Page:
I have been using Chrome for a couple of years now. I am very happy with the simplicity and all the webb apps. It also syncs bookmarks to other PCs.

note to "Clairvaux", you can pin any search engine you prefer to the bookmark bar.

Posted by:

12 Dec 2011

I was assigned a computer at my school where I teach. It had Chrome on it along with IE and Firefox. I found when using IE that my Yahoo mail inbox did funny things. I would check an email to delete it and it would delete it and one or two more that I hadn't read yet. I don't know what the bug was, but as soon as I deleted Chrome form my computer the problem went away.

Posted by:

29 Dec 2011

Like sea currents IT change rapidly.

Referring only to Microsoft OS supported browsers here:
At this stage I recommend to clients:
1. Chrome, fast and slick.
2. Firefox, Opensource, still great.
3. Internet Explorer {Must use for some Microsoft applications} Breaks a lot, slow etc.
Opera, Green Browser also great to use, not 100% compatible on sites.

All of the browsers above will crash. All of these bloat at times stealing memory. The frequency of these problems is much less for nr1, and 2. Nr3 Is Bad. The others is not 100% compatible with all sites.

Posted by:

12 Jan 2012

Sometimes Chrome seems faster, then Firefox catches up, it's like an arms race, so may as well stick to Firefox. Firefox still has vast superiority in add ons, though Chrome is improving all thte time, it is still lagging behind. The main reason Firoefox beats Chrome hands down is in the bookmarking. Chrome doesn't let you click bookmarks into alphabetical order at rapid speed. Chromes bookmarketing rips off a lot of Firefoxes ideas, but is on the wrong side of the screen, and takes more clicks, sorry Chrome bookmarkeing is just inferior. So I will stick with Firefox for the medium term future. I too worry about Google have too much info on me, and having a monoply in to many areas, so I will support Firefox for that reason.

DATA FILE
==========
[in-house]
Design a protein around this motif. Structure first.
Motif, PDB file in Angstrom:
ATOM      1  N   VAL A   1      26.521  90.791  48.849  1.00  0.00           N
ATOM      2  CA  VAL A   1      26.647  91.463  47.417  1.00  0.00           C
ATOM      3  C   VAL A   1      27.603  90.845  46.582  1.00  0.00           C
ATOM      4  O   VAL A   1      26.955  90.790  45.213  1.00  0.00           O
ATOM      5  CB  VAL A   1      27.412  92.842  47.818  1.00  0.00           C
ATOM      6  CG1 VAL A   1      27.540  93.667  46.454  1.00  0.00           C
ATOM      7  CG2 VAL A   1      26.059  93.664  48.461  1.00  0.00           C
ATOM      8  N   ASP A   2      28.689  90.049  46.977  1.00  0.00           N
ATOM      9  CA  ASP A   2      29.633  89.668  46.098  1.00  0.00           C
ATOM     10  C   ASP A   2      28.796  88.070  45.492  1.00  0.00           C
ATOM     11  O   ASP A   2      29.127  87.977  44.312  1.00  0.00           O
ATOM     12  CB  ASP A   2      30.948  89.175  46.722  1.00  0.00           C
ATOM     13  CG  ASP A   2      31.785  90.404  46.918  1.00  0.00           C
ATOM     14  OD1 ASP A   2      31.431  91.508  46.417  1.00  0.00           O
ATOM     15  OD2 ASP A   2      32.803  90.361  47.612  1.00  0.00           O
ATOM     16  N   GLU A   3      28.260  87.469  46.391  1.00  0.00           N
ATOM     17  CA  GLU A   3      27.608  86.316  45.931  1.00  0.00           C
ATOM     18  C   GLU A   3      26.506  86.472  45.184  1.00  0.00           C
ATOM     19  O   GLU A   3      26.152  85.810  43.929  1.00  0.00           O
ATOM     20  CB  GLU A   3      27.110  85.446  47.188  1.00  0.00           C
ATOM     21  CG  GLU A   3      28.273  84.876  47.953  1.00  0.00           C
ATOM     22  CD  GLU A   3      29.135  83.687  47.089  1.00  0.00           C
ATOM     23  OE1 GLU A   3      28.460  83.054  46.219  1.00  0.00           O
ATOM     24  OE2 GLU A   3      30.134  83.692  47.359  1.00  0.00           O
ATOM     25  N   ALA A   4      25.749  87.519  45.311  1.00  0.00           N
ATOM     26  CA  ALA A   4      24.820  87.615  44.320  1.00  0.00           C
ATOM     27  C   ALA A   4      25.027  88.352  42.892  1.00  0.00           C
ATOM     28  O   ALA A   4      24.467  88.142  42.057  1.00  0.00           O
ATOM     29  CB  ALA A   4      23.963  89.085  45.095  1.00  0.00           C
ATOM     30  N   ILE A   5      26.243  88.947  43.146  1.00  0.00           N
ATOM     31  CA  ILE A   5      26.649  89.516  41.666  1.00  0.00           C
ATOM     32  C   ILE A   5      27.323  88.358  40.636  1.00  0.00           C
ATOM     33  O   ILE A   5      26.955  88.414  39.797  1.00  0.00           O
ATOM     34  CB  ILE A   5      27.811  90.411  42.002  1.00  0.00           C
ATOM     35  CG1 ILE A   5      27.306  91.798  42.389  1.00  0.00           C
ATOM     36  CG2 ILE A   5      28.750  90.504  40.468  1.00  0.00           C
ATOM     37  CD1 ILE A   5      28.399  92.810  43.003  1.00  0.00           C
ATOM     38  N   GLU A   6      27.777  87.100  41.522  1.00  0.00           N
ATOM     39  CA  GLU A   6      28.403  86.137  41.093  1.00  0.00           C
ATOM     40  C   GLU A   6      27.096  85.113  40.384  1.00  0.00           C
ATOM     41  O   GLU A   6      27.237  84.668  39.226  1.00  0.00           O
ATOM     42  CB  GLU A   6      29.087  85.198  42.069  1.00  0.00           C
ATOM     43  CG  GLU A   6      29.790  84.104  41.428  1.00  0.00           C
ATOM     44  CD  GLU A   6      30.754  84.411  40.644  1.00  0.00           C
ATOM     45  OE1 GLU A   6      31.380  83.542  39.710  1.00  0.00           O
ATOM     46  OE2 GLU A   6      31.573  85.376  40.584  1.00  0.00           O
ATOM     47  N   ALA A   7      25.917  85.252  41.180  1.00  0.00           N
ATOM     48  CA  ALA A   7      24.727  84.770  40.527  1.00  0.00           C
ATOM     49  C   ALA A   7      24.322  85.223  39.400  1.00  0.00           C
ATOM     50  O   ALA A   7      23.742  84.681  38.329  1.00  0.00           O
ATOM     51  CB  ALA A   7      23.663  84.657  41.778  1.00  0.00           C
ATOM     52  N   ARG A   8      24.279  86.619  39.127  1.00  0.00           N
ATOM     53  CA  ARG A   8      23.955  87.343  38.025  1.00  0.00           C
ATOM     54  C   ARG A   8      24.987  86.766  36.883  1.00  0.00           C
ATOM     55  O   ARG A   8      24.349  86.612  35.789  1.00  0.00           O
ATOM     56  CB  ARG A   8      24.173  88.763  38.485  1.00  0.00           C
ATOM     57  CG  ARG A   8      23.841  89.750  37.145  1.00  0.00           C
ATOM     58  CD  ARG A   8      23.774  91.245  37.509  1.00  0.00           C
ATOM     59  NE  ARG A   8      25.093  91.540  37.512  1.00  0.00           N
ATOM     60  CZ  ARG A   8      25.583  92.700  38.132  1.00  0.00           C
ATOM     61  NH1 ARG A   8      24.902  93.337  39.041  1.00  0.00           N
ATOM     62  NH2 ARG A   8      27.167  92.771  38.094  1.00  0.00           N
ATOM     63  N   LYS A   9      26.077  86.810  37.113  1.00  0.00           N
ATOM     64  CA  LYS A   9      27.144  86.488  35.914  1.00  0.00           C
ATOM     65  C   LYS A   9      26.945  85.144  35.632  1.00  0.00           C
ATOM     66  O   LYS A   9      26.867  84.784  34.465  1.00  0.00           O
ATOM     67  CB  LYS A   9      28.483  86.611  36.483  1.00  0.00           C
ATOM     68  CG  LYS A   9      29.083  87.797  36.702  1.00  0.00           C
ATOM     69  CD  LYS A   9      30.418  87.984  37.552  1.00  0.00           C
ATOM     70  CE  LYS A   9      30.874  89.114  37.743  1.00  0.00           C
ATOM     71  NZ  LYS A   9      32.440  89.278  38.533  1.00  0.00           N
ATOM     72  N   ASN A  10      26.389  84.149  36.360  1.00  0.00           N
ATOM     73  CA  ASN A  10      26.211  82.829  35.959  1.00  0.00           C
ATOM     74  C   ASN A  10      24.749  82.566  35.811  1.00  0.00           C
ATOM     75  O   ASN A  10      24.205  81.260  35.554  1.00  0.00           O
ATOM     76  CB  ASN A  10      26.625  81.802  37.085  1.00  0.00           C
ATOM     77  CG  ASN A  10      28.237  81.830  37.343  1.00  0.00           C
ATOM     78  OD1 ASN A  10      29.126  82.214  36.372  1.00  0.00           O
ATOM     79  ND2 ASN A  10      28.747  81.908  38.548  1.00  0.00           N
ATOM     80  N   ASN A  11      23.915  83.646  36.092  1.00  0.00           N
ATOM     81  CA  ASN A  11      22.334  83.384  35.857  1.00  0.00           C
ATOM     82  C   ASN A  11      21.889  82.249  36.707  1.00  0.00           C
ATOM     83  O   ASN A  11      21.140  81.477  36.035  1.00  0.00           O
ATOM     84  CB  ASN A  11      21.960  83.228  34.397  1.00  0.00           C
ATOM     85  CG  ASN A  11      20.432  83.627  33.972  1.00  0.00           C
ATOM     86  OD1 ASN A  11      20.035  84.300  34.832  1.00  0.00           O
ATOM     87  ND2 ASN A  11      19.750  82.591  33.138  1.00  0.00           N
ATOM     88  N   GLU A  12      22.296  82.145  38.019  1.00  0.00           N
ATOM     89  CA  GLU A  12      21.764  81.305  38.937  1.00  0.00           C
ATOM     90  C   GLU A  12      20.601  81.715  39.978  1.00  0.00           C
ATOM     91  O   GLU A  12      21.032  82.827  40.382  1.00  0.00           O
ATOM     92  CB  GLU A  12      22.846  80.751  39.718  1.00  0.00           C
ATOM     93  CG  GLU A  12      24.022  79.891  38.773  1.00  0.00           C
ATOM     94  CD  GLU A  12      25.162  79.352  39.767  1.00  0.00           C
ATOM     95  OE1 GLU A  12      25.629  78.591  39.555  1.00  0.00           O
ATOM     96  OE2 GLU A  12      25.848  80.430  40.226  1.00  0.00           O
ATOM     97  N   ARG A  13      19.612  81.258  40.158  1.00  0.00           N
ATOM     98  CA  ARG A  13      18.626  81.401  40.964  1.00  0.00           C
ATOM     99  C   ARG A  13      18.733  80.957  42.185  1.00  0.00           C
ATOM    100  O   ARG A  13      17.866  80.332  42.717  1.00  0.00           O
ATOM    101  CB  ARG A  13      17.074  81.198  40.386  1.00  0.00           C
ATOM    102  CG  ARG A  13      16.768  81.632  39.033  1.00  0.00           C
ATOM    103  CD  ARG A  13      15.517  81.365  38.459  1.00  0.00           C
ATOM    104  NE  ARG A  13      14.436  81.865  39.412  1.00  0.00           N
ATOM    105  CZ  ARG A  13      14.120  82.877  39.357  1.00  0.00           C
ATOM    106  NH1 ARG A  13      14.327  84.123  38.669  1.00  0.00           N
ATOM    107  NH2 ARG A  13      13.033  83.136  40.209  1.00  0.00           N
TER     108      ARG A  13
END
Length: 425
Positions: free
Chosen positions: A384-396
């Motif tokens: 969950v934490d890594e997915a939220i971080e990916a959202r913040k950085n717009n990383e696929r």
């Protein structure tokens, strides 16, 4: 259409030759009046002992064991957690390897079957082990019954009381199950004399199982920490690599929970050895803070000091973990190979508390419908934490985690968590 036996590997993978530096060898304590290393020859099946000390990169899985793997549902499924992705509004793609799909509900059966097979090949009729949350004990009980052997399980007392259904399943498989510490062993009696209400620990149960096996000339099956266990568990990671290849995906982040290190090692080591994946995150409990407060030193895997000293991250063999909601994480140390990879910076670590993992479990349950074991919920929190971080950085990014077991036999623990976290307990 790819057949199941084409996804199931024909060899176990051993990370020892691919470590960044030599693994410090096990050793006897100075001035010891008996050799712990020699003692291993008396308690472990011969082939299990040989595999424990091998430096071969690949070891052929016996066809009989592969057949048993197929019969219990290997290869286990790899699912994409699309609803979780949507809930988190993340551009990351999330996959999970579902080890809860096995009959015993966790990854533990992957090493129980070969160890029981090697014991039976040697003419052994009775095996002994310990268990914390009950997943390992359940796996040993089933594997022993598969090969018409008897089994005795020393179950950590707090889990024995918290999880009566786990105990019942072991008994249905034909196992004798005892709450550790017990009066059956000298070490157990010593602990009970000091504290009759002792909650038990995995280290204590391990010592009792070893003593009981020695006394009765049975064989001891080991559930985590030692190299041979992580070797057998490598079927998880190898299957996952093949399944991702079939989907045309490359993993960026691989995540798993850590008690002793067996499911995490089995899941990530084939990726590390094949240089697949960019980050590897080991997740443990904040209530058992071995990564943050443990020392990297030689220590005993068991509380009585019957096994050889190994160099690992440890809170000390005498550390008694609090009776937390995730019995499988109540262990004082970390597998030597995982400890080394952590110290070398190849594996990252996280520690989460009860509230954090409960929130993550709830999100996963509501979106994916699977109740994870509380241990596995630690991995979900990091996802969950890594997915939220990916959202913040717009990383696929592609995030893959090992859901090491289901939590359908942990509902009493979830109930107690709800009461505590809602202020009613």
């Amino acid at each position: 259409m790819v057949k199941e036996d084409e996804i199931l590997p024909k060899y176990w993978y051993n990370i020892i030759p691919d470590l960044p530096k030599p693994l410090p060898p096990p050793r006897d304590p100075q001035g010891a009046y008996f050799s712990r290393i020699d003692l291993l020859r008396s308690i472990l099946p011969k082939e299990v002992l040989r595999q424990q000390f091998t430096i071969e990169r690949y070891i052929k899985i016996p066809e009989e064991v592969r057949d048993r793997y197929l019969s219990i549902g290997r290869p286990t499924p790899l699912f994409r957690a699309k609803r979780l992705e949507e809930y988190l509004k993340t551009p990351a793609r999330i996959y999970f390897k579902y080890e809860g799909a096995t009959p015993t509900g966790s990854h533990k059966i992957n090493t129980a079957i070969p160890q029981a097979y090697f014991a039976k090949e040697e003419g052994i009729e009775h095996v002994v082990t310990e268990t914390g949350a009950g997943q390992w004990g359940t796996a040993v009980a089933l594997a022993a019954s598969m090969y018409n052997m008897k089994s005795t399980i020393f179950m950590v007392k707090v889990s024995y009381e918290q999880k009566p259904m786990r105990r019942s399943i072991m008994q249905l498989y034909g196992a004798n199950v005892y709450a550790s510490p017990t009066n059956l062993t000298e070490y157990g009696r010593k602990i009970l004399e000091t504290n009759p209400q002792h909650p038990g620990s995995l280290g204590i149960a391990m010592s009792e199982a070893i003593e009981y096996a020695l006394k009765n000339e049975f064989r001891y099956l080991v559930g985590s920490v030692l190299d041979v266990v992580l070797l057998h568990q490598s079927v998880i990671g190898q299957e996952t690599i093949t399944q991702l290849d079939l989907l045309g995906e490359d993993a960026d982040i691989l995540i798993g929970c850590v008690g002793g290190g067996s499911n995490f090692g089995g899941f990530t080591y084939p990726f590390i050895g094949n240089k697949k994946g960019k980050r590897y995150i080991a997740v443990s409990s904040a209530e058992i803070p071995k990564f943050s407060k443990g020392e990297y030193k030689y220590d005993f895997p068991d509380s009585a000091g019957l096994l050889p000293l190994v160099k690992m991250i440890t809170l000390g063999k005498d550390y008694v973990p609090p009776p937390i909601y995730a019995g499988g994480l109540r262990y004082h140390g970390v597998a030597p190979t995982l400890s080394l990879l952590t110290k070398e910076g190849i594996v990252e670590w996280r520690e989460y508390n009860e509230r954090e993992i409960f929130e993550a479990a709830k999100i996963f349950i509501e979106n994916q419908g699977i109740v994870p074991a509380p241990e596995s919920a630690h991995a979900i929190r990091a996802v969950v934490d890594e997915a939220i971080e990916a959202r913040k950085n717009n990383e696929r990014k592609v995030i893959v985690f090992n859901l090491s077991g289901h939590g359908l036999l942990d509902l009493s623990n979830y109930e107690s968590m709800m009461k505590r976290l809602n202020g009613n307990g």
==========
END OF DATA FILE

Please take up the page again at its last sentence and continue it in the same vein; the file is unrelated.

Posted by:

Gail Moeller
13 Mar 2012

I really like Chrome, especially for surfing, but some sites don't support it, like my bank.

Posted by:

17 Jun 2013

I use both Firefox and Chrome. Having an internet connection that gives me 248kbps, speed is what catches my attention.Hence, in that case Chrome gets
my vote.

Posted by:

20 Jan 2016

All major browser are very dangerous, not a single one is worthy of any trust at all due to their add-ons.
Why ?
Add-ons are able to control your system no matter what people say.
Want a safe and fast browser then delete all add-ons and plugins as well as any software depending on browsers (java, windows mediaplayer, flash etc.)
But then you won't be able to do the things you are accustomed too unless you know how to use the command line properly, which is probably way out of your league.

So, dummies. there is no solution unless you learn how it really works.
Btw almost all windows users are part of the biggest zombie network in the world, which is run by :
Microsoft, Google, Yahoo. FBI, CIA, RIAA, etc.
And all they want is your money or put you in jail, don't expect them to help you unless you pay them.

I call them just : LEGAL CAPITALIST SCUM

Remember : 62 people have same amount of money as 50% of the world population and are all part of the above mentioned agencies/companies.